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My Position on Confederate Monuments

In 2011 I published a piece at the Atlantic about the vandalism of the Robert E. Lee monument in Charlottesville. This week I was asked to reflect on how my […]

Tarleton’s Designs and Daughter

As a follow-up to yesterday’s posting about the British actress Mary Robinson, here’s an investigation by Sarah Murden of All Things Georgian about Robinson, her daughter, and her (their?) lover, Col. Banastre Tarleton:In 1797 MajorShow More Summary

Richmond’s Monument Avenue Will Be Transformed

This has been one hell of a week. I have done more media interviews over the past few days than I have over the past decade. In addition to interviews […]

Mary Robinson, Fashion Icon

Earlier this month, Prof. Terry F. Robinson wrote on the 18th-Century Common website about the British actress Mary Robinson (1757?-1800) and how she was an early example of a celebrity who shaped clothing fashion:Mary Robinson’s meteoric...Show More Summary

Elizabeth Armistead, Wife of Charles James Fox

Last month Geri Walton, author of Marie Antoinette’s Confidante, profiled Elizabeth Armistead (1750-1841).A courtesan and actress in London, Armistead was mistress to the second Viscount Bolingbroke; Gen. Richard Smith, head of the East...Show More Summary

Reviewing John Adams’s Political Ideas

Today’s leg of my trip takes me from Philadelphia to the Washington, D.C., area—a move the federal government made in John Adams’s administration.Here are extracts from Tom Cutterham’s review for the American Journal of Legal History...Show More Summary

Empty Pedestals Need to be Interpreted

In the wake of the violence in Charlottesville we are now witnessing a wave of Confederate monument removals across the country. Yesterday a group tore down a Confederate soldier statue […]

Franklin’s Autobiography in Franklin’s Hand

Today I’m scheduled to travel from Boston to Philadelphia, much as young Benjamin Franklin did almost three centuries ago. The manuscript in which Franklin recounted his early life for his children can be viewed in digital form thanks to the library of the University of Pennsylvania. Show More Summary

How Your School Can Address the Confederate Monument Controversy

For this former resident of Charlottesville, Virginia the events of this past weekend hit close to home. My wife and I are still coming to terms with the violence and […]

Women in Debt

I’m about to embark on a summer road trip, so I’ve stockpiled a bunch of interesting items from various corners of the web. First up is an essay by Alex Wakelam on the Early Modern Prisons site about “The Persistent Presence of the Eighteenth-Century...Show More Summary

The Federal Government’s Monuments to White Supremacy

The violence in Charlottesville this past weekend has already pushed the mayor of Lexington, Kentucky to take steps to remove its Confederate monuments. A councilman in Baltimore wants to see […]

“Colonial hijinks, high political drama, and Revolutionary War heroes”

Daniel Ford, author of the upcoming novel Sid Sanford Lives!, wrote a very nice review of my book on the website for the Writers’ Bone podcast. It’s part of a roundup headlined “Books That Should Be on Your Radar”:J.L. Bell is a Massachusetts...Show More Summary

A Turning Point in the Confederate Monument Debate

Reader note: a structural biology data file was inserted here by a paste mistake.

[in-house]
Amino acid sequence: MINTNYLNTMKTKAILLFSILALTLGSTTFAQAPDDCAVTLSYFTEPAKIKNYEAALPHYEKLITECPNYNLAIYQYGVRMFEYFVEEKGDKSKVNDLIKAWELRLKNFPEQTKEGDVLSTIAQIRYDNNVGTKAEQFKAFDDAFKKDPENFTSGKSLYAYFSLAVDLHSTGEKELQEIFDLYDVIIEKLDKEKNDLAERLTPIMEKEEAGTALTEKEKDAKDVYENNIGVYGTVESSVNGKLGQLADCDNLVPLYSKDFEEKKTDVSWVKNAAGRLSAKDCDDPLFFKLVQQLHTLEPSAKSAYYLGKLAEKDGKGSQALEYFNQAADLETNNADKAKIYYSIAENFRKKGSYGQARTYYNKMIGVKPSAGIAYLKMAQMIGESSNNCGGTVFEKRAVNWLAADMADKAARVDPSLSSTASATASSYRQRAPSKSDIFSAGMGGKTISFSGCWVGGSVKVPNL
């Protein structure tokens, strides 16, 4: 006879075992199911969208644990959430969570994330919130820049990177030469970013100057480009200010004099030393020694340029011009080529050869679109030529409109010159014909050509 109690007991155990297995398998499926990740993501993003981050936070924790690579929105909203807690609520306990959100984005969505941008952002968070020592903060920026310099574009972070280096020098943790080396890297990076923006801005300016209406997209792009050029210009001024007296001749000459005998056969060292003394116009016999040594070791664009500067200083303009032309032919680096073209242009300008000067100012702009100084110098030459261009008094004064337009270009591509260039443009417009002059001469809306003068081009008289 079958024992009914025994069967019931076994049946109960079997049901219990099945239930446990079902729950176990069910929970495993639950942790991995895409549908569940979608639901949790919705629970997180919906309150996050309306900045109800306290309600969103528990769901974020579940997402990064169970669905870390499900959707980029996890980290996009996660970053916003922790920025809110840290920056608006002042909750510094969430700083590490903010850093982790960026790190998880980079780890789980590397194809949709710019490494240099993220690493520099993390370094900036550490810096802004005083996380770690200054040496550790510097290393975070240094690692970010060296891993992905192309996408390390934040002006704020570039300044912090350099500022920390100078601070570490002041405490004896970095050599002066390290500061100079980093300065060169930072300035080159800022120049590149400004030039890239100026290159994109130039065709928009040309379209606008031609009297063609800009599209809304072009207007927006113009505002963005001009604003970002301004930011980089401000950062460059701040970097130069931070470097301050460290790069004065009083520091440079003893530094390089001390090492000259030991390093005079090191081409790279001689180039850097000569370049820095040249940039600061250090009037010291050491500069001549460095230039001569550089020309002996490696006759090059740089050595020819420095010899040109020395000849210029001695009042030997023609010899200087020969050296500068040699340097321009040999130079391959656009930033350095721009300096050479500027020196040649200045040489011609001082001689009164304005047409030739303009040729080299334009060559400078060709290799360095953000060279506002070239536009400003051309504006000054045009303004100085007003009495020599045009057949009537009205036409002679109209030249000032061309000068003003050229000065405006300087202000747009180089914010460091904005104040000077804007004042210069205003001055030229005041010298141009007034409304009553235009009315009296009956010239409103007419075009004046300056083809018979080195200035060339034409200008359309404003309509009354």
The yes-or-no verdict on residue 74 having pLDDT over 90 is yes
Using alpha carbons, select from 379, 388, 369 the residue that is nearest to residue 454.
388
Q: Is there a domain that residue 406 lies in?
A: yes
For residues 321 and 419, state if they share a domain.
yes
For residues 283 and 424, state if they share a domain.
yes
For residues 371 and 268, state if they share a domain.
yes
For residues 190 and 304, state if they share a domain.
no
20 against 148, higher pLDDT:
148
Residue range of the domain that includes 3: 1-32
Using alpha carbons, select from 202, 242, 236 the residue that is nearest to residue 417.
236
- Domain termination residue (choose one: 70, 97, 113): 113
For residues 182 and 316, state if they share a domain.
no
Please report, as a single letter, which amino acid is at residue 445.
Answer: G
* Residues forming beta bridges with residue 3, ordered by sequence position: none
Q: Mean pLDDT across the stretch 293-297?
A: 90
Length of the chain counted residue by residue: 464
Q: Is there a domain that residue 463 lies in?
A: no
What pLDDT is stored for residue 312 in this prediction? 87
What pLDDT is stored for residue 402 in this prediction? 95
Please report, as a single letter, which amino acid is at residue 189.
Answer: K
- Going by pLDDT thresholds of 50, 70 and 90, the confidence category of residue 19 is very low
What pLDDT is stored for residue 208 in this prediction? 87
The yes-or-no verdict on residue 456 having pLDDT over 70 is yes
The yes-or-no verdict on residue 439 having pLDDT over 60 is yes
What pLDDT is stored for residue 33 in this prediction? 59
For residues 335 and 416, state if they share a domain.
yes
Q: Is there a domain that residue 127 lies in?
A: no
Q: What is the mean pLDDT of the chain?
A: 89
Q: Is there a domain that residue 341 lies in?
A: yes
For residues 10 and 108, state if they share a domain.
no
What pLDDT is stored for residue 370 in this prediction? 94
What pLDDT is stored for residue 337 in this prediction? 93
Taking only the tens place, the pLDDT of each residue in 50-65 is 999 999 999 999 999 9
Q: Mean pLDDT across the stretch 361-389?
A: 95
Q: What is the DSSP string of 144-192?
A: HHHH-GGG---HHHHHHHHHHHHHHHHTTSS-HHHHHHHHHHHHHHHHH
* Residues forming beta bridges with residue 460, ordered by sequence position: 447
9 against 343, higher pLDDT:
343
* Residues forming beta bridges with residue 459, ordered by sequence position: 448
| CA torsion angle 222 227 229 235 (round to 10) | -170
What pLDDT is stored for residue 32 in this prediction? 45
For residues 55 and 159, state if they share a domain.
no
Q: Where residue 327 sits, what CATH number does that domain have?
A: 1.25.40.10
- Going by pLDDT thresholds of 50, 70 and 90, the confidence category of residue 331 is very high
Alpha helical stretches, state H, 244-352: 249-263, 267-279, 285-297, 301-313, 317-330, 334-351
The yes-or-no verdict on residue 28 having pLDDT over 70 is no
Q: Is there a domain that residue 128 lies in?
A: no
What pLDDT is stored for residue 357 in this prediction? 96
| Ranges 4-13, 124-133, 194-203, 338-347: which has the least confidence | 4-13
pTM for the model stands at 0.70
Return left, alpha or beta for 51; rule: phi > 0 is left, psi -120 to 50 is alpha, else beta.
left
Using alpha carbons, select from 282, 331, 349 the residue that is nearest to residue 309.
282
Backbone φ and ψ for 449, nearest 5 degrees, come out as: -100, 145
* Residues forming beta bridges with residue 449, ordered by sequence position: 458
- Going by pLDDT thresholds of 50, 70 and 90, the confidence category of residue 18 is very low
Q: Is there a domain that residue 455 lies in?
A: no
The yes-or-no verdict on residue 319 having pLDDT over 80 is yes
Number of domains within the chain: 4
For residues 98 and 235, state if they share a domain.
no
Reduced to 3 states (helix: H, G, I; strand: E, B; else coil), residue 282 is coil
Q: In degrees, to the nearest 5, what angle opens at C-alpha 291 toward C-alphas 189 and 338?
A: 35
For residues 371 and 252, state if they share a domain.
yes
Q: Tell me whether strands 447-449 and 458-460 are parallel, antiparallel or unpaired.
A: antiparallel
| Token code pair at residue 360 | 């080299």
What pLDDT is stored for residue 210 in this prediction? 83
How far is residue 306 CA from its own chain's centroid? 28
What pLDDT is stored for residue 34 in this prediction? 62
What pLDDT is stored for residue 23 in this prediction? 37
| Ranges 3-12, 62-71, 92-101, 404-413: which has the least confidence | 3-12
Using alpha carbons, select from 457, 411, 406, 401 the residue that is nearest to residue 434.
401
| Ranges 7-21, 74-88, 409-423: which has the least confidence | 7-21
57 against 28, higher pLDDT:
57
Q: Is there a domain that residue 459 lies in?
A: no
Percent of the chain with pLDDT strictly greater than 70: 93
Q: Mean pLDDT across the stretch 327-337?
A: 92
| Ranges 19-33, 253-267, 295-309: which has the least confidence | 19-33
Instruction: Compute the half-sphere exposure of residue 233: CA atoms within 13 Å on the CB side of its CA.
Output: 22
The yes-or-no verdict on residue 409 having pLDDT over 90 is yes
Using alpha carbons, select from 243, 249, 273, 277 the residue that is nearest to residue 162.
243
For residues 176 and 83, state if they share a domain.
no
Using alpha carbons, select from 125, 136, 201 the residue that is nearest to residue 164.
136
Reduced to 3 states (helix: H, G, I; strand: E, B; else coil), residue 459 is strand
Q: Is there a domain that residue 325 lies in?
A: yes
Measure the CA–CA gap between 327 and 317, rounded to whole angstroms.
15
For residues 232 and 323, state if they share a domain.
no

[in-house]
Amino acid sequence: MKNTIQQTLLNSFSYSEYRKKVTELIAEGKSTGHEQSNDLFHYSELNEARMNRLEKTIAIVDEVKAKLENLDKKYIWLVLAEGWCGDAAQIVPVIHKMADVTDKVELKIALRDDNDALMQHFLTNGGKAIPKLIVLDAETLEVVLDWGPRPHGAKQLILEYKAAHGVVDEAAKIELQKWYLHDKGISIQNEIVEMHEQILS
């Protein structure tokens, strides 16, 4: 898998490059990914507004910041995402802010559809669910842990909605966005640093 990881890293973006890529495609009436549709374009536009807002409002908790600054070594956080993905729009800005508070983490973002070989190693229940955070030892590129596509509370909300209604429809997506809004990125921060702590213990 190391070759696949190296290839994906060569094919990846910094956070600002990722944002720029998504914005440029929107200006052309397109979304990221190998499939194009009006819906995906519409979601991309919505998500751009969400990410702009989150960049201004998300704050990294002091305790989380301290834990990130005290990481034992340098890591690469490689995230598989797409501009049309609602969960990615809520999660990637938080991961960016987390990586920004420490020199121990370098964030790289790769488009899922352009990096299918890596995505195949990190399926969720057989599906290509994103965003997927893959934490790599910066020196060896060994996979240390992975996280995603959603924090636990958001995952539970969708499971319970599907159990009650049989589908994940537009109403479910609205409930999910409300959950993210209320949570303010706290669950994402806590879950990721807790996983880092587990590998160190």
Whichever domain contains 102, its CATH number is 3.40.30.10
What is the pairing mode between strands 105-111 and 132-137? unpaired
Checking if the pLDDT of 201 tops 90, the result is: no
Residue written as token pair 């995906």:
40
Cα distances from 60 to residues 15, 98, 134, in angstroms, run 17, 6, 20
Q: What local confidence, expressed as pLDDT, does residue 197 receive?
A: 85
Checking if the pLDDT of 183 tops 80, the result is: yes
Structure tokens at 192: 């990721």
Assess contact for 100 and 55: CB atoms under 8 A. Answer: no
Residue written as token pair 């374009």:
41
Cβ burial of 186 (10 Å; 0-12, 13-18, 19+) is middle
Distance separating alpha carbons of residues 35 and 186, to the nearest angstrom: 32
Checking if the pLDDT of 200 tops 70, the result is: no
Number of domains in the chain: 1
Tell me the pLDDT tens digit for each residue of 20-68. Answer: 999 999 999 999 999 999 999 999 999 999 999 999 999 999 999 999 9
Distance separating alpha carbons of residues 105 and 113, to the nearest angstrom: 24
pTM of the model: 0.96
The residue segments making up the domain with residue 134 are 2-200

Make no mistake about it, yesterday’s neo-Nazi rally in defense of the Robert E. Lee monument was a turning point in the broader debate about the place of these structures […]

Neo-Nazis Clarify Confederate Monument Debate for Richmond

This morning I am bracing for the steady stream of photographs and videos that will soon litter my social media feeds from my former home of Charlottesville, Virginia. As most […]

“Echoes of the Past” in Boston, 12 Aug.

On Saturday, 12 August, the Old State House in Boston is once again site for the Bostonian Society’s “Echoes of the Past” interactive history game. Join us in a full day of immersive history as we present an interactive history game that places you in the middle of the Stamp Act protest of 1765. Show More Summary

Abigail Adams Birthplace Tours, 13 Aug. & 10 Sept.

On 13 Oct 1764, Abigail Smith sent a note to the young lawyer John Adams from Boston:When I wrote you by the Doctor I was in hopes that I should have been out the next day, but my disorder did not leave me as I expected and I am still confind extreemly weak, and I believe low spirited. Show More Summary

Why I’m Dubious about the “letter from an officer in Charles-Town”

Yesterday I quoted a letter published in the Pennsylvania Packet in December 1781, reportedly written by a British army officer to a friend back home in May of that year.Some American newspapers reprinted the letter, stating it had appeared in the London press. Show More Summary

Let Richmond’s Kids Figure Out What to Do With the Monuments

Last night the Richmond Monument Avenue Commission held its first public forum at the Virginia Historical Society. It went about as well as I predicted. You can read about it […]

The Ultimate Failure of the Black Confederate Narrative

Many of you out there will be happy to hear that I am in the home stretch of my book on the Confederate camp slave and the myth of the […]

“An officer told Lord Cornwallis not long ago…”

On 11 Dec 1781 the Pennsylvania Packet newspaper published some news under the dateline “London, July 28.” That was the usual signal to readers that the following items were copied from the latest London newspaper to arrive in Philadelphia.Then...Show More Summary

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